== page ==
As most of you know, even though I run WTSLabs, I also spend quite a lot of time doing consulting work across the globe, having worked in all kinds of projects, from major App-V deployments to pure RDS Session Host setups. And that has been the case for several years and thanks to that I was blessed to be able to see all sorts of great and terrible things out there. So I decided to start a series of posts called “Tales from the Trenches” where not only myself, but other great names in the industry will share their best stories with us so we can all learn and realize there is indeed crazy people out there doing all sorts of unbelievable stuff.
So starting the series, this week, at one of my customers, very strange things started to happen with their XenApp 5 environment. Regardless of how it was architected and deployed (by the way, probably one of the worst environments I have seen in a LONG time, where pretty much every single worst practice out there was followed), the reasons and the outcome of how this whole thing happened is worth a post.
Couple weeks ago a maintenance window was scheduled due to some work on their electrical systems (generators, transformers, etc) and something went wrong. Really wrong. As far as I know one person got injured (or dead, do not remember – seriously) and power went out completely. No generators, nada. All gone.
This brought down the whole thing for a while and all Citrix servers were down. When power was restored, one of the six XenApp boxes (all Dell servers) had the hard drives toasted and it did not boot at all. They could access it remotely through the DRAC and it was indeed gone. So they let me know we had lost a Citrix server.
As I was away for that week after the power outage I told them I would check when back and to my surprise the farm was reporting the box as up and running and serving users. I checked my emails for any alerts from Resource Manager (yes, once I set it up for that, what they never did – please do not even start asking why EdgeShite is not there…) expecting to see a server unreachable message but no, nothing, nada.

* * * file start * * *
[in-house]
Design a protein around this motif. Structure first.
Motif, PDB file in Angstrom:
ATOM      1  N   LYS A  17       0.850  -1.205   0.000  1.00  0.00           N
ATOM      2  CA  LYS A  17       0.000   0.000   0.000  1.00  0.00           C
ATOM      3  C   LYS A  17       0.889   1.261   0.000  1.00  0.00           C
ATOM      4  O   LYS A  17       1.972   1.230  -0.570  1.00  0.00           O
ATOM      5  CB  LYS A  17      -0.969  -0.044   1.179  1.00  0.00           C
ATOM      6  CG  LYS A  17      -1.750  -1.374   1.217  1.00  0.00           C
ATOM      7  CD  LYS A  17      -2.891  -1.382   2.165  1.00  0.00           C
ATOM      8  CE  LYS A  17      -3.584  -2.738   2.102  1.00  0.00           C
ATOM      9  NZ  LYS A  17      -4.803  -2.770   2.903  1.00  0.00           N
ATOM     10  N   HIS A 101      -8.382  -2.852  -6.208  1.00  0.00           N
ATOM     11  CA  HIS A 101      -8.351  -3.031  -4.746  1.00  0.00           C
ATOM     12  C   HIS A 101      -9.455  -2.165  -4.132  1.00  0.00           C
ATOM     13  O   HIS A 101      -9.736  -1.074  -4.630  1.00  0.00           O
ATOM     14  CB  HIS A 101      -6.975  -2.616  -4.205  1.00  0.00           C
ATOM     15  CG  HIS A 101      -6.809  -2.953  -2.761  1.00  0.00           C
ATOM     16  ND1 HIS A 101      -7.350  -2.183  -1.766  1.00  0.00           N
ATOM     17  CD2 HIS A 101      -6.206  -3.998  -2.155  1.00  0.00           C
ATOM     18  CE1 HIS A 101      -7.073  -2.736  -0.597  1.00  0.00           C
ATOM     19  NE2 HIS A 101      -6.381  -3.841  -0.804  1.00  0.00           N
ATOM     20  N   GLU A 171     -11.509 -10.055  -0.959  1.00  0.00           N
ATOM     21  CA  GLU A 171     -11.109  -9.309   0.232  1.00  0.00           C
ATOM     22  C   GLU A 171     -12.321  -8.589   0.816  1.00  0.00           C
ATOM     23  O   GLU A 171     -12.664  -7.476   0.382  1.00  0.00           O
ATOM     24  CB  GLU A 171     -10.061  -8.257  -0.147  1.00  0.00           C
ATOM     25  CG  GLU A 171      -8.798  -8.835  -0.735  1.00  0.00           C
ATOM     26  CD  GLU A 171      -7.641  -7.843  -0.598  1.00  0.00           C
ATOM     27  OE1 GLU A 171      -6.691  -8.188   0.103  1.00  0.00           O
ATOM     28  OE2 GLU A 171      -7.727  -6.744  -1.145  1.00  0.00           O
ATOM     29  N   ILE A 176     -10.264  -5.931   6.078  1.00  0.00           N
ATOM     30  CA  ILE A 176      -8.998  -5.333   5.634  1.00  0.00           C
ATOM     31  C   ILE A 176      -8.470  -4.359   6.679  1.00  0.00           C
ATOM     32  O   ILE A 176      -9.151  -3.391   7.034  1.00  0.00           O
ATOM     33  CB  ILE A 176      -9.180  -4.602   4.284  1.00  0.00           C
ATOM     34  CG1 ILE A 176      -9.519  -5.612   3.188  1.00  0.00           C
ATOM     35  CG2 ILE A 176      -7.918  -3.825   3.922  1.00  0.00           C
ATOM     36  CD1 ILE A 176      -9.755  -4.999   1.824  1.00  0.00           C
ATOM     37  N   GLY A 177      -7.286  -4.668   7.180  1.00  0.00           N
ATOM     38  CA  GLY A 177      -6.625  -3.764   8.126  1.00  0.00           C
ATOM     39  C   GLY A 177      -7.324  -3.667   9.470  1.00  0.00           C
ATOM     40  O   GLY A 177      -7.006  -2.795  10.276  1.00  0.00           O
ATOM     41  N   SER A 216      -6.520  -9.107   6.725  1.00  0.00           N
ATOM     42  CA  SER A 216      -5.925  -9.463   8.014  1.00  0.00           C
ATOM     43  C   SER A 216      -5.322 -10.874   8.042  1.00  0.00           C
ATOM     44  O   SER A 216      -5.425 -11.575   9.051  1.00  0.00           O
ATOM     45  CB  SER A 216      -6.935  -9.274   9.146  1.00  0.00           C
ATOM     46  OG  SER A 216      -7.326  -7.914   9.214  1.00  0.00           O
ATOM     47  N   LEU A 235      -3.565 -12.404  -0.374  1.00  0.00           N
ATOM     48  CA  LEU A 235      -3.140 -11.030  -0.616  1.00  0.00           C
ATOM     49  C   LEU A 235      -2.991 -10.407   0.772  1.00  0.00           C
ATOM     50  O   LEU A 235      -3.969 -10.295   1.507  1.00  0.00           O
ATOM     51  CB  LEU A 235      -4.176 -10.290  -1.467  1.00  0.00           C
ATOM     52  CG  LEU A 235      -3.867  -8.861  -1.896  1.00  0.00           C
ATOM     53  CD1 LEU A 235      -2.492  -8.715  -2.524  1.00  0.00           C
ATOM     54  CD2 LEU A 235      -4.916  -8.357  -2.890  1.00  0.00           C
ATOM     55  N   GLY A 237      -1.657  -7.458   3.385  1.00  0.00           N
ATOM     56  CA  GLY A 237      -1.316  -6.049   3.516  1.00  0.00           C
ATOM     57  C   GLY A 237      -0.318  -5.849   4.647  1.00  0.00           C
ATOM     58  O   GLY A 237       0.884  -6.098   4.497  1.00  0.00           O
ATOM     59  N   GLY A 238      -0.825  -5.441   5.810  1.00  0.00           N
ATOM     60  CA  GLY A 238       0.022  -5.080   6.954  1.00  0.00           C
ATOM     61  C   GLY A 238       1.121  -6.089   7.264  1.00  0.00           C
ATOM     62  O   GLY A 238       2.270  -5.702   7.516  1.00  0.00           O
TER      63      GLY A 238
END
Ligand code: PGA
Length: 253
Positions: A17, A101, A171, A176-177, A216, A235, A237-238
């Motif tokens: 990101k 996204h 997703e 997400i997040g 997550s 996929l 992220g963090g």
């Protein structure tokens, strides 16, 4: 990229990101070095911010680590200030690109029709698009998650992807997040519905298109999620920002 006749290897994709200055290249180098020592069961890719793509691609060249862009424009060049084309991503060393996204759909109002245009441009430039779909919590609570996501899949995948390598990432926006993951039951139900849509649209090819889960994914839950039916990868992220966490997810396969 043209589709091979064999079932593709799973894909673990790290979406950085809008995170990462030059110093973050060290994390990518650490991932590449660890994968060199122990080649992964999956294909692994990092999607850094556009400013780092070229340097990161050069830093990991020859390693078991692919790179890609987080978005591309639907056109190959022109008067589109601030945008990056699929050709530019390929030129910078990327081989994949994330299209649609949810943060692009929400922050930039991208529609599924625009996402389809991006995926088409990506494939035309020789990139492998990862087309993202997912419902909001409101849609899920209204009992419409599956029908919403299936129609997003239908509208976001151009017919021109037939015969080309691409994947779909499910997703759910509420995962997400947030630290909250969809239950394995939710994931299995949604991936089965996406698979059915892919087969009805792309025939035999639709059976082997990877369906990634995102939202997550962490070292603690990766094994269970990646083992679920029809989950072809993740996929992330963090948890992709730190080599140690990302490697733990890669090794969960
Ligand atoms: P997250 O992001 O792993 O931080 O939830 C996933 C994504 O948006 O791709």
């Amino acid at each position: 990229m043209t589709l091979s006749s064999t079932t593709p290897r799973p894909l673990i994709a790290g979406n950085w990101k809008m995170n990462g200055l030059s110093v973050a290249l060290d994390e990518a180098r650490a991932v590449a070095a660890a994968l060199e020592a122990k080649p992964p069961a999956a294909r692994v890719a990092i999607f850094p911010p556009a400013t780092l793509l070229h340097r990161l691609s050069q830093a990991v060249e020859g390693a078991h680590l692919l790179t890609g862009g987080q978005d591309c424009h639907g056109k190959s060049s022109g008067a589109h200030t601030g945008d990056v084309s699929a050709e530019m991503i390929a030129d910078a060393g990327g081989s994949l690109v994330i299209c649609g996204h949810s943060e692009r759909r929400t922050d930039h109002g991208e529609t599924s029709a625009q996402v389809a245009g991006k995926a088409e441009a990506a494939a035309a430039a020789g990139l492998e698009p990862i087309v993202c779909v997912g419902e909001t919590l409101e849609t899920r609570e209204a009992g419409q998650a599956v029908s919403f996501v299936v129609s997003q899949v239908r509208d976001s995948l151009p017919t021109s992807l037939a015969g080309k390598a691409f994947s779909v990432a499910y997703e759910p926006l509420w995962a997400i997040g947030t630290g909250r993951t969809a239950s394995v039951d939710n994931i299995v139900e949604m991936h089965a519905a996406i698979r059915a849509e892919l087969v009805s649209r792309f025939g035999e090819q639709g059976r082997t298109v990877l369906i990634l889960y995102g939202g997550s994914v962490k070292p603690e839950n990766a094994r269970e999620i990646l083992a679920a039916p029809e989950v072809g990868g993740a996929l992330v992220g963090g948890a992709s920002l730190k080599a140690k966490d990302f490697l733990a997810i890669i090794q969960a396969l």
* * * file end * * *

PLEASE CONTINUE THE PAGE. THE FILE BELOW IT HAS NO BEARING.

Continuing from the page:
So I go and RDP to that server IP address and indeed I get a session and it IS for sure a Citrix box, with the proper name, IP address and part of that farm. The funny thing once I started digging was this was no Dell server but an HP box…
At the same time most users started complaining their Outlook signature reverted back to what it was eight, nine months ago and some other very odd things…
After further investigation, here it is what happened… Someone had setup, back in July, 2010, a server for testing and as we had 5 boxes at the time on the farm, he created this sixth one and named it using the proper naming convention, just increasing the number at the end of the name so this became whatever-6. He also gave it a proper IP address and made the server part of the farm. Once he was done with his testing (what included allowing all users to use the server for a couple weeks) he simply shut it down, never removing it from the farm.
Later the need for a sixth server came up and a new Dell box was setup and given the EXACT name and IP as the now powered off HP one. When the power outage happened three to four weeks ago the guys at the data center powered on all servers that were off and as Dell #6 had a disk failure it did not boot but the HP one did and guess what? It started serving users immediately but as they keep the cached profiles on the servers, users started to get mixed things (meaning profiles started to get fucked up big time) thanks to 9 months old cached copies and the fact roaming profiles are not the most intelligent things in the world.
Thanks to great documentation and procedures in place no one knew or remembered about the HP server that was hiding somewhere in a rack. And of course due to the fact profiles were not properly handled with a decent and robust solution, hundreds of users got screwed up big time.
Next time you are done with your tests on a production environment (yes, this was production) try at least to disconnect the ethernet cables on the back.
Oh and do not forget to disable the wireless card on it, in case your company does think it is a great idea to use laptops as Citrix XenApp servers, serving users over the wireless card.
Well that is another story for another great post…
896 total views, 1 views today